Pharmacist honored with Community Living award

Pharmacist honored with Community Living award

When Community Living Sarnia-Lambton calls, Amgad Kiwan answers.

“Anything urgent, everybody has my cell phone,” said the pharmacist and owner at Sarnia Pharmacy.

Since 2009, he’s helped provide medication administration training for Community Living employees, responded when emergencies arise, done regular visits at the residences the agency has for people with disabilities, and conducts medication reviews, said Shannon Grimme, a supervisor at two of the agency’s residences .

“Amgad has gone out of his way to ensure that we have direct access to him 24/7, even on holidays, when I’m sure he’d much rather be focusing on his family than work,” she said in prepared remarks.

“That is commitment,” she added.

Grimme nominated Kiwan for this year’s Hero Award that recognizes organizations and individuals for contributing to more inclusive communities.

Asked why he’s continued with his commitment to Community Living over the years, Kiwan said he feels it’s a good thing to do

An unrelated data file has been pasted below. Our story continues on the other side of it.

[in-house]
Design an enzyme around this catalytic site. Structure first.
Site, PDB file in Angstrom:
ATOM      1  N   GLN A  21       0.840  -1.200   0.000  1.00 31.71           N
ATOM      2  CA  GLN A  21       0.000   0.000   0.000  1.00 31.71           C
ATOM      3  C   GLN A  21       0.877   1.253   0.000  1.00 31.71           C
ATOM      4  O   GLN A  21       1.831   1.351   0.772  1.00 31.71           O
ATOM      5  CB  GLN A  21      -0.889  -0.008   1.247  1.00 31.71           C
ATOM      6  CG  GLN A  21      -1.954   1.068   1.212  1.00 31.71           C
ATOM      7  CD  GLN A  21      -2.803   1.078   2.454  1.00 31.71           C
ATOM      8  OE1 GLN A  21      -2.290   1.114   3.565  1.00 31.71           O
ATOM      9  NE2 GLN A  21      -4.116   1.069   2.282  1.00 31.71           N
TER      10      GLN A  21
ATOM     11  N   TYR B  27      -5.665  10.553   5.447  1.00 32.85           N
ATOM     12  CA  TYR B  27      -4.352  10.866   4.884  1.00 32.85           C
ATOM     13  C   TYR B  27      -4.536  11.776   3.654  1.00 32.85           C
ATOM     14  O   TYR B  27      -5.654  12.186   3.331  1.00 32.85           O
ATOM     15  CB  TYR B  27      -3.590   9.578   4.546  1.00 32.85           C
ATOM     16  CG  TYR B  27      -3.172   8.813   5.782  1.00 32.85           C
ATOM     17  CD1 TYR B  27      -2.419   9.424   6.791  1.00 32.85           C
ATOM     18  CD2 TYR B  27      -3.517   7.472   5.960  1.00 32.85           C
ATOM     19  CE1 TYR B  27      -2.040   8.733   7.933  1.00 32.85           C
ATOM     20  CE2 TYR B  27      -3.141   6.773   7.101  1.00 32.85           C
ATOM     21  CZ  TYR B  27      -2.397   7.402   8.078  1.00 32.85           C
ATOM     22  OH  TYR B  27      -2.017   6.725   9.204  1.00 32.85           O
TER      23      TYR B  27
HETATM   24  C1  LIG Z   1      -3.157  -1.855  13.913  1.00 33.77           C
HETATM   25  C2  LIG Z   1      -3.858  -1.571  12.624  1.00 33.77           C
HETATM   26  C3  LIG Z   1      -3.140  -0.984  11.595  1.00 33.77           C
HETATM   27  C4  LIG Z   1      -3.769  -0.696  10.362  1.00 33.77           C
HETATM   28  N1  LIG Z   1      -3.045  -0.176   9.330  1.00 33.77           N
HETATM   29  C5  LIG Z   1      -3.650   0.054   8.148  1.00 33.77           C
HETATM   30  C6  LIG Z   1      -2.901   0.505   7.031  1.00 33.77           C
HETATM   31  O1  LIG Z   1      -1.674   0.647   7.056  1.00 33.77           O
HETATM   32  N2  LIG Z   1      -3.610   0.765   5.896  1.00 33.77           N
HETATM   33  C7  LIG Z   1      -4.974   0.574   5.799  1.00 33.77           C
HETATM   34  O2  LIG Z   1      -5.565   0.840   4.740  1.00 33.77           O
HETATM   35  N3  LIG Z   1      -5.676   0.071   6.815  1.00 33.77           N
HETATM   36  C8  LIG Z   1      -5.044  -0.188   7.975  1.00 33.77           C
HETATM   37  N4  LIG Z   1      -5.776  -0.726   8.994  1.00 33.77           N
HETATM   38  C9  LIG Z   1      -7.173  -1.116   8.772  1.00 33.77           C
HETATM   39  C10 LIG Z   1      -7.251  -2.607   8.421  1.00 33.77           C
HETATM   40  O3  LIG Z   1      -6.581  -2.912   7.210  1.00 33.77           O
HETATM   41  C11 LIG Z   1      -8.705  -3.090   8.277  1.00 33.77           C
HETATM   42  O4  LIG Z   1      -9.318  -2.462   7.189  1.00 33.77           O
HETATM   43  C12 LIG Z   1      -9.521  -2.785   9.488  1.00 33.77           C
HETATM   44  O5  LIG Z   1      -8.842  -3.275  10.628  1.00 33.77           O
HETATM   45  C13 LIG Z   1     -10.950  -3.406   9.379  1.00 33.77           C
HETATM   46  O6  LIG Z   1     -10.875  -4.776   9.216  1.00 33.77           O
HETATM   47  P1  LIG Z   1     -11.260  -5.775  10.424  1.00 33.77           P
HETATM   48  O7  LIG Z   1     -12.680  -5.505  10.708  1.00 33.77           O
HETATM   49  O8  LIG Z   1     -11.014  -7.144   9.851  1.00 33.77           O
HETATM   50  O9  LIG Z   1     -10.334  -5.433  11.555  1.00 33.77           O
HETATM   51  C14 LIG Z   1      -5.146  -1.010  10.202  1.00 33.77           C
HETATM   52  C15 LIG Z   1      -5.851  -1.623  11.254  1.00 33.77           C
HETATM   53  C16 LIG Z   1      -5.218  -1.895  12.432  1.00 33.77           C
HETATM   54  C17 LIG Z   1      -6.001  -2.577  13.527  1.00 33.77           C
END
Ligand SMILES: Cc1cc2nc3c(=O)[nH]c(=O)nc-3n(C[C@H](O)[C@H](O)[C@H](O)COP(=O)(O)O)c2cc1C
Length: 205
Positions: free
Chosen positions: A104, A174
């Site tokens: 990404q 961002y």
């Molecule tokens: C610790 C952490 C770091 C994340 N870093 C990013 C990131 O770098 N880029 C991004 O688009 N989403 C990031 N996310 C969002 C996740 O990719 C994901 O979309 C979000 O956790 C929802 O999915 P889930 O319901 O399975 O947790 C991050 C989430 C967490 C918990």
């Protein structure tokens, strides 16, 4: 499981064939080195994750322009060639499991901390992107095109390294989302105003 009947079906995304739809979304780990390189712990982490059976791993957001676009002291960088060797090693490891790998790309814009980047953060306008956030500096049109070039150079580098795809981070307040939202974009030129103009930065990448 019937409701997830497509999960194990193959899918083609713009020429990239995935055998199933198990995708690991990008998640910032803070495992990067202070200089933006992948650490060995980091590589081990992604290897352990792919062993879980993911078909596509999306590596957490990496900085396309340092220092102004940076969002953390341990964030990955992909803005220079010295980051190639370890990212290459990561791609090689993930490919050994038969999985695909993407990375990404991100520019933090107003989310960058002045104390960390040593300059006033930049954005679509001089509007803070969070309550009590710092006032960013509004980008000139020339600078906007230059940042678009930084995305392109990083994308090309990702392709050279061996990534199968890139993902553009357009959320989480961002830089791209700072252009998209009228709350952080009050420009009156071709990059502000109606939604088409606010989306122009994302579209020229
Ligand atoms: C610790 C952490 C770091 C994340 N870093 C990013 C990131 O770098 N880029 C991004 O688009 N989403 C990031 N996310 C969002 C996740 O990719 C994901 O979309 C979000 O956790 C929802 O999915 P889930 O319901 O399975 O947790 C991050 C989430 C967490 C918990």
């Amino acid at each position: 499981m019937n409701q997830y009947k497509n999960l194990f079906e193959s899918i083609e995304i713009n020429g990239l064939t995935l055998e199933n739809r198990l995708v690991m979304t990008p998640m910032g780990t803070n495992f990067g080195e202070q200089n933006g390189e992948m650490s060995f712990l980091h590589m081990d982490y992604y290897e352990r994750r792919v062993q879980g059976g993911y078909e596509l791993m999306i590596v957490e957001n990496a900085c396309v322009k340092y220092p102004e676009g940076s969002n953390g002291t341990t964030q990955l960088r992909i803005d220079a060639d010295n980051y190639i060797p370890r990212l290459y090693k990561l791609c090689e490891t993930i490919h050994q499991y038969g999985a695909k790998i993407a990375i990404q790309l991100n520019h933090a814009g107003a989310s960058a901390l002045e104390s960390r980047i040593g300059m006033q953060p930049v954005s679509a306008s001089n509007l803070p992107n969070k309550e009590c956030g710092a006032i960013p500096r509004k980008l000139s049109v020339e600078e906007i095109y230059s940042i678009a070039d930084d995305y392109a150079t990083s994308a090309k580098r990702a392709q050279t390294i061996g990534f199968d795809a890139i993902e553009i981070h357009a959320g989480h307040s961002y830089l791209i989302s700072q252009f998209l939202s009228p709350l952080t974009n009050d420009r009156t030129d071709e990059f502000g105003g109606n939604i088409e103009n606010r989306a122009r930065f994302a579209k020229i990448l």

“I like to work with these people,” said the Egyptian native who moved to Canada with his family in 2005.

Kiwan is “a real gift to Community Living and all our residents and staff,” said Community Living Sarnia-Lambton executive director John Hagens.

“He comes out any time and is able to be consulted with any time,” he said, noting Kiwan also knows most staff and residents by name.

“So that’s a phenomenal gift to us and well beyond the day-to-day calling you would expect from any pharmacist,” Hagens said.

Kiwan’s award was part of the return of Community Living’s Mayor’s Luncheon at the Royal Canadian Legion branch Friday in Sarnia after three years off because of COVID-19.

“It felt good to be able to see everyone,” Hagens said, noting many local politicians were in attendance at the event first held in 2003, designed in part to help push for more inclusivity for people with disabilities in the community, including encouraging employers to hire.

“We still have (a) ways to go … but the more we support (people with disabilities) and include them in employment activities, the more we become an inclusive community for everyone,” Hagens said.

Sarnia Mayor Mike Bradley has been recognized before for his role in supporting the cause.

There has been progress, but needs to be more, Bradley said Friday.

“We’re not urgent about,” he said, noting aims to make Ontario fully accessible by 2025 are “not even close” to being realized.

“We need to get governments to move quicker and faster on doing the things they need to do,” he said.

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